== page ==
HANOVER, N.H. – As focus continues to shift towards the complexities of the Arctic, the Department of Defense (DOD) hosted an Arctic science and technology (S&T) summit at the U.S. Army Engineer Research and Development Center’s Cold Regions Research and Engineering Laboratory (CRREL) in Hanover, New Hampshire.
More than 120 attendees from the Army, Navy, Marine Corps, Air Force, Coast Guard and a multitude of other federal agencies, as well as partners from allied nations with interests in the Arctic such as Canada and the United Kingdom, participated in discussions on developing new technologies, new means of international communication and how to overcome the challenges of maintaining Arctic dominance as a united group.
“A lot of it is due to the changing climate and the impact that's having in terms of opening up areas of the Arctic that historically have remained frozen,” said Dr. Ben Petro, director of Human Systems within the Office of the Under Secretary of Defense for Research and Engineering. “Creating potentially new economic and other kinds of opportunities, for ourselves, our partners, and other actors in that region, and some of those actors are near their competitors.”
As the only laboratory in the public sector traditionally focused on the cold environment, CRREL has historically hosted the Arctic S&T, says Jason Weale, a CRREL research civil engineer.
“I'd like to think of us as the hub in a hub and spoke model with respect to cold,” said Weale. “We're the hub, and we have a lot of contacts in the government, private sector and academia. It makes sense to gather and host something like the science and technology summit at CRREL.”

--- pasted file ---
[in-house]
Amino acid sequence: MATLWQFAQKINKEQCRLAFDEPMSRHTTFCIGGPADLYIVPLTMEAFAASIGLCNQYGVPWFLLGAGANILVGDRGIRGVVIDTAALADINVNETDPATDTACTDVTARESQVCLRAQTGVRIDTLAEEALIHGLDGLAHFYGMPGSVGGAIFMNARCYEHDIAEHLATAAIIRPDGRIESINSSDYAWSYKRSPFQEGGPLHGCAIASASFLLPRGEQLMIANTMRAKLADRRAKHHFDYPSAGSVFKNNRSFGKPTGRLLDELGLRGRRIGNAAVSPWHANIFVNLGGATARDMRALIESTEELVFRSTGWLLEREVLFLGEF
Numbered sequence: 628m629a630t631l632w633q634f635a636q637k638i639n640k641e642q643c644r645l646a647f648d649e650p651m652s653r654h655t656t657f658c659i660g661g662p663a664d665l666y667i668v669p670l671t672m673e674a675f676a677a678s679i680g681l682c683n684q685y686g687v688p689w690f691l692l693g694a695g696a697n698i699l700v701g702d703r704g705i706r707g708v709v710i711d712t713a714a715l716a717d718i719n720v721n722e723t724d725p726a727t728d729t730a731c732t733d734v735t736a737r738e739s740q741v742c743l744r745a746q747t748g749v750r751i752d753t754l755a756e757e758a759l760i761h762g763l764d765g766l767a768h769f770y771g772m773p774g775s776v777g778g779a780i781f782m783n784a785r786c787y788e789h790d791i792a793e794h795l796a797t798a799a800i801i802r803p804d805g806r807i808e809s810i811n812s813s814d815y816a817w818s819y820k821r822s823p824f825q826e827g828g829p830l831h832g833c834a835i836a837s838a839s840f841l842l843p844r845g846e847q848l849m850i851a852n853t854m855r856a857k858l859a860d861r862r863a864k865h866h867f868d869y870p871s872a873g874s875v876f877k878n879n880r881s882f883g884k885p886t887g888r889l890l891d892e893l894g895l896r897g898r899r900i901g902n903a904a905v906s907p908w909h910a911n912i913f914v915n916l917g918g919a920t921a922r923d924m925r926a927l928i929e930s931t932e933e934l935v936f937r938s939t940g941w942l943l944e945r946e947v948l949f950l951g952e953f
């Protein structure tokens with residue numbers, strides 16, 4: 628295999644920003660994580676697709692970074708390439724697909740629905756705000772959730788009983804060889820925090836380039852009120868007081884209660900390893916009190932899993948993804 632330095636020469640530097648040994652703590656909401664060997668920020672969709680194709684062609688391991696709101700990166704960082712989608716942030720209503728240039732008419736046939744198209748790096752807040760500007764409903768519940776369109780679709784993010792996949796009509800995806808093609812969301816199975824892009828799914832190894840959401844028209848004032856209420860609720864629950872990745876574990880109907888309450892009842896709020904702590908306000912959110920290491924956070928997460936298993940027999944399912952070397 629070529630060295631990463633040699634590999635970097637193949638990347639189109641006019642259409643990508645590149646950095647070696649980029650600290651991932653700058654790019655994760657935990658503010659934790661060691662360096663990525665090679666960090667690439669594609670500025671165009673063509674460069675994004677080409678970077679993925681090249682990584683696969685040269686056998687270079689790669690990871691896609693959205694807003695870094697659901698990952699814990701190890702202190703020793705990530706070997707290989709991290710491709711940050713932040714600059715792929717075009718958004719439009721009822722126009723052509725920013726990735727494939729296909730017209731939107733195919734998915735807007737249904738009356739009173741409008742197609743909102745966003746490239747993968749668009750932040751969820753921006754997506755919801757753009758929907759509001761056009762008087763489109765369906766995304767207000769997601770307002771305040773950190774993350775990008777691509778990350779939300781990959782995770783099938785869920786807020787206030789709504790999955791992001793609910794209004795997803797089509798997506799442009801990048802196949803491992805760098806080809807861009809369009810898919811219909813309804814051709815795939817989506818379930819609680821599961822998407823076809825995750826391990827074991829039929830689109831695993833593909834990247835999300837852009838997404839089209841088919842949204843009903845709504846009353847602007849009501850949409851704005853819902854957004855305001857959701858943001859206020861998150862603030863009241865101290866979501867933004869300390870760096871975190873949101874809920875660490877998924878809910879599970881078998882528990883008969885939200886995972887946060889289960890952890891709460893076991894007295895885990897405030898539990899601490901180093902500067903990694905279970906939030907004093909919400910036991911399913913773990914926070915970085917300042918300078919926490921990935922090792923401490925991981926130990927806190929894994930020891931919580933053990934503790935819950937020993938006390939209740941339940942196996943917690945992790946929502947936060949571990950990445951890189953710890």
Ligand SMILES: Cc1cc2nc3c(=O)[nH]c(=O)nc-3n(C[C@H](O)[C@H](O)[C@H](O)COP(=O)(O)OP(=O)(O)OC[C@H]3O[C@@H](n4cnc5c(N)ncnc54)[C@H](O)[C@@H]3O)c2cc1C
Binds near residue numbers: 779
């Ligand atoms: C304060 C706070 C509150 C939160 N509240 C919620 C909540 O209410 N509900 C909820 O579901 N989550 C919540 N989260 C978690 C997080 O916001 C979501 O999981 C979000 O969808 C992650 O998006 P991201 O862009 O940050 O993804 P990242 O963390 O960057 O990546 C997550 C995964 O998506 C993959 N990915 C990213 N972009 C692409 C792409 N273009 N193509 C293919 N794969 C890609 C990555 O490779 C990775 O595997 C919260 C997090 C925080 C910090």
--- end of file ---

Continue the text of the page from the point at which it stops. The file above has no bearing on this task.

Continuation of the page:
The National Defense Strategy released by the DOD clearly highlights planning scenarios and challenges for which the department must prepare. The purpose for bringing all these people together at CRREL is to gain a good understanding of the policies and priorities across the department from the standpoint of the people that must think about the different operational scenarios, Petro says.
“What are the specific things that the department needs to be able to do within those combatant commands?” he said. “What are they capable of doing today? What would they like to be able to do, and then within the context of those areas — wanting to do things that we can't currently do, — how should we be focusing investments in science and technology to open up new opportunities and new military capabilities and get them out to the field faster?”
Over the course of three days, numerous panels were held to answer those questions. Subject matter experts on the Arctic — the majority CRREL researchers — provided the S&T attendees the opportunity to hear from experts and ask them questions regarding their organizations concerns of regaining and maintaining Arctic dominance.
Petro says CRREL is a world leader in cold regions science and technology and has some of the best and brightest researchers in the country with the most knowledge on the topic of Arctic research and engineering. The DOD wants to benefit from that unique perspective by examining the challenges and opportunities that science can provide for the Warfighter.
“It is natural to come to CRREL, because you want to go where the bulk of the expertise is on the Arctic,” said Petro. “What makes this DOD workshop valuable is that we're bringing in subject matter experts in other technology areas, that aren't based at CRREL, to come together and leverage both the unique Arctic expertise along with all that technical domain expertise in a variety of critical technology areas and other emerging technologies that are all going to be necessary to address some of the challenges that the department faces in conducting Arctic operations.”